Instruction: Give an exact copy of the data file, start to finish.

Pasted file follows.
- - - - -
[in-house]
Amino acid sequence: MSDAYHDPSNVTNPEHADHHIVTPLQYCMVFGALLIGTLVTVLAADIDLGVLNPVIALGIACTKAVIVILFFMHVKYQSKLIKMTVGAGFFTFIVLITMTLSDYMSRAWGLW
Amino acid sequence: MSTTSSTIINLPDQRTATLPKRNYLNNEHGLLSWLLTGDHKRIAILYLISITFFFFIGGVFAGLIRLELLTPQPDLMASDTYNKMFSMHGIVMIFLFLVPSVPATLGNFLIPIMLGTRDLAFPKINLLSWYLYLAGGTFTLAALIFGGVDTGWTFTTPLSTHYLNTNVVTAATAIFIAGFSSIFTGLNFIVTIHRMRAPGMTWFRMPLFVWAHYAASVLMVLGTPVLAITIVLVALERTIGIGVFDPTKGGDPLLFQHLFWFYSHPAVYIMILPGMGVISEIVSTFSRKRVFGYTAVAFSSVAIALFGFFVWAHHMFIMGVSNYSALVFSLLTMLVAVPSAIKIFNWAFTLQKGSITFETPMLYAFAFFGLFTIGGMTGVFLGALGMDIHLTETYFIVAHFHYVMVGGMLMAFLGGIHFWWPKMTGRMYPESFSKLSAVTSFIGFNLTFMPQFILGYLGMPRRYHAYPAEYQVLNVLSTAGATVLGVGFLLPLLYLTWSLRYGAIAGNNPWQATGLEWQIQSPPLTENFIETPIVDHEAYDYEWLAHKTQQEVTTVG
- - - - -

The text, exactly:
[in-house]
Amino acid sequence: MSDAYHDPSNVTNPEHADHHIVTPLQYCMVFGALLIGTLVTVLAADIDLGVLNPVIALGIACTKAVIVILFFMHVKYQSKLIKMTVGAGFFTFIVLITMTLSDYMSRAWGLW
Amino acid sequence: MSTTSSTIINLPDQRTATLPKRNYLNNEHGLLSWLLTGDHKRIAILYLISITFFFFIGGVFAGLIRLELLTPQPDLMASDTYNKMFSMHGIVMIFLFLVPSVPATLGNFLIPIMLGTRDLAFPKINLLSWYLYLAGGTFTLAALIFGGVDTGWTFTTPLSTHYLNTNVVTAATAIFIAGFSSIFTGLNFIVTIHRMRAPGMTWFRMPLFVWAHYAASVLMVLGTPVLAITIVLVALERTIGIGVFDPTKGGDPLLFQHLFWFYSHPAVYIMILPGMGVISEIVSTFSRKRVFGYTAVAFSSVAIALFGFFVWAHHMFIMGVSNYSALVFSLLTMLVAVPSAIKIFNWAFTLQKGSITFETPMLYAFAFFGLFTIGGMTGVFLGALGMDIHLTETYFIVAHFHYVMVGGMLMAFLGGIHFWWPKMTGRMYPESFSKLSAVTSFIGFNLTFMPQFILGYLGMPRRYHAYPAEYQVLNVLSTAGATVLGVGFLLPLLYLTWSLRYGAIAGNNPWQATGLEWQIQSPPLTENFIETPIVDHEAYDYEWLAHKTQQEVTTVG